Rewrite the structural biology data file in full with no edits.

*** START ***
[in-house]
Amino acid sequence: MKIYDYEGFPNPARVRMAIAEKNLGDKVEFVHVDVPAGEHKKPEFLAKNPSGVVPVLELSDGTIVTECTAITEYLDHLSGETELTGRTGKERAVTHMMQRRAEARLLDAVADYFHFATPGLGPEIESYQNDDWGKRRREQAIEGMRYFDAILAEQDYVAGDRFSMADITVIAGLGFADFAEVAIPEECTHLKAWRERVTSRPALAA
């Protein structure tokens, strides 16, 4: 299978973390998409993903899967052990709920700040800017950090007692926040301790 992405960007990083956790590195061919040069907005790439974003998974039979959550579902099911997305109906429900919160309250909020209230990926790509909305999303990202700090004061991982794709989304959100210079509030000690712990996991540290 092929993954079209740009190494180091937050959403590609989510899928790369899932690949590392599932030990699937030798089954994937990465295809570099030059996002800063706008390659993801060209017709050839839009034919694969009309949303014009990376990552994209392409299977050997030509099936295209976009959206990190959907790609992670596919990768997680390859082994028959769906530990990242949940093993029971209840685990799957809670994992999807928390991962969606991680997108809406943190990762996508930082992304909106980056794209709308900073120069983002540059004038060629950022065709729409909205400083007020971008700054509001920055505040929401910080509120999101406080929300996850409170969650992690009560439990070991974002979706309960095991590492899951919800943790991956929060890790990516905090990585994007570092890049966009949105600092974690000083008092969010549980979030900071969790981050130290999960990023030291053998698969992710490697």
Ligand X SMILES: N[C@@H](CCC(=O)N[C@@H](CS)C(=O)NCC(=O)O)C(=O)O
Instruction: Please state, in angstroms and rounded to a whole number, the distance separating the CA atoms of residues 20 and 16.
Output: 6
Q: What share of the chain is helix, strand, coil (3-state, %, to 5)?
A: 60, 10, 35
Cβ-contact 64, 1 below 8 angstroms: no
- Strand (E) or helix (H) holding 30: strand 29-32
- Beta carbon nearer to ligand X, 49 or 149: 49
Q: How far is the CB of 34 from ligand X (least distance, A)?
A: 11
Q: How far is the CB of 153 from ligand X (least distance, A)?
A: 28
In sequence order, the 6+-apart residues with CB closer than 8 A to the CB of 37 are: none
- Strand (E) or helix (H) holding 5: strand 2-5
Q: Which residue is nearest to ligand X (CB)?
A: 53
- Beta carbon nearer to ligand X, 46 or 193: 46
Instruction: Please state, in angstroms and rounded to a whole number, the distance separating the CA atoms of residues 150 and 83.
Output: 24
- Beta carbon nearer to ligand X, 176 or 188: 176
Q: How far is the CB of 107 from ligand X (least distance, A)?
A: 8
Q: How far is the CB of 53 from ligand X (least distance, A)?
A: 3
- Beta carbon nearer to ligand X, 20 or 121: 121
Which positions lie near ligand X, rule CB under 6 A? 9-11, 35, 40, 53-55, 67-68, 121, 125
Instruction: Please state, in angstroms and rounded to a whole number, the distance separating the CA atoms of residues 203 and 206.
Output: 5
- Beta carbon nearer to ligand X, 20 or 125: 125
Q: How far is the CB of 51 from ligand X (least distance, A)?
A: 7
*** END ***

[in-house]
Amino acid sequence: MKIYDYEGFPNPARVRMAIAEKNLGDKVEFVHVDVPAGEHKKPEFLAKNPSGVVPVLELSDGTIVTECTAITEYLDHLSGETELTGRTGKERAVTHMMQRRAEARLLDAVADYFHFATPGLGPEIESYQNDDWGKRRREQAIEGMRYFDAILAEQDYVAGDRFSMADITVIAGLGFADFAEVAIPEECTHLKAWRERVTSRPALAA
């Protein structure tokens, strides 16, 4: 299978973390998409993903899967052990709920700040800017950090007692926040301790 992405960007990083956790590195061919040069907005790439974003998974039979959550579902099911997305109906429900919160309250909020209230990926790509909305999303990202700090004061991982794709989304959100210079509030000690712990996991540290 092929993954079209740009190494180091937050959403590609989510899928790369899932690949590392599932030990699937030798089954994937990465295809570099030059996002800063706008390659993801060209017709050839839009034919694969009309949303014009990376990552994209392409299977050997030509099936295209976009959206990190959907790609992670596919990768997680390859082994028959769906530990990242949940093993029971209840685990799957809670994992999807928390991962969606991680997108809406943190990762996508930082992304909106980056794209709308900073120069983002540059004038060629950022065709729409909205400083007020971008700054509001920055505040929401910080509120999101406080929300996850409170969650992690009560439990070991974002979706309960095991590492899951919800943790991956929060890790990516905090990585994007570092890049966009949105600092974690000083008092969010549980979030900071969790981050130290999960990023030291053998698969992710490697």
Ligand X SMILES: N[C@@H](CCC(=O)N[C@@H](CS)C(=O)NCC(=O)O)C(=O)O
Instruction: Please state, in angstroms and rounded to a whole number, the distance separating the CA atoms of residues 20 and 16.
Output: 6
Q: What share of the chain is helix, strand, coil (3-state, %, to 5)?
A: 60, 10, 35
Cβ-contact 64, 1 below 8 angstroms: no
- Strand (E) or helix (H) holding 30: strand 29-32
- Beta carbon nearer to ligand X, 49 or 149: 49
Q: How far is the CB of 34 from ligand X (least distance, A)?
A: 11
Q: How far is the CB of 153 from ligand X (least distance, A)?
A: 28
In sequence order, the 6+-apart residues with CB closer than 8 A to the CB of 37 are: none
- Strand (E) or helix (H) holding 5: strand 2-5
Q: Which residue is nearest to ligand X (CB)?
A: 53
- Beta carbon nearer to ligand X, 46 or 193: 46
Instruction: Please state, in angstroms and rounded to a whole number, the distance separating the CA atoms of residues 150 and 83.
Output: 24
- Beta carbon nearer to ligand X, 176 or 188: 176
Q: How far is the CB of 107 from ligand X (least distance, A)?
A: 8
Q: How far is the CB of 53 from ligand X (least distance, A)?
A: 3
- Beta carbon nearer to ligand X, 20 or 121: 121
Which positions lie near ligand X, rule CB under 6 A? 9-11, 35, 40, 53-55, 67-68, 121, 125
Instruction: Please state, in angstroms and rounded to a whole number, the distance separating the CA atoms of residues 203 and 206.
Output: 5
- Beta carbon nearer to ligand X, 20 or 125: 125
Q: How far is the CB of 51 from ligand X (least distance, A)?
A: 7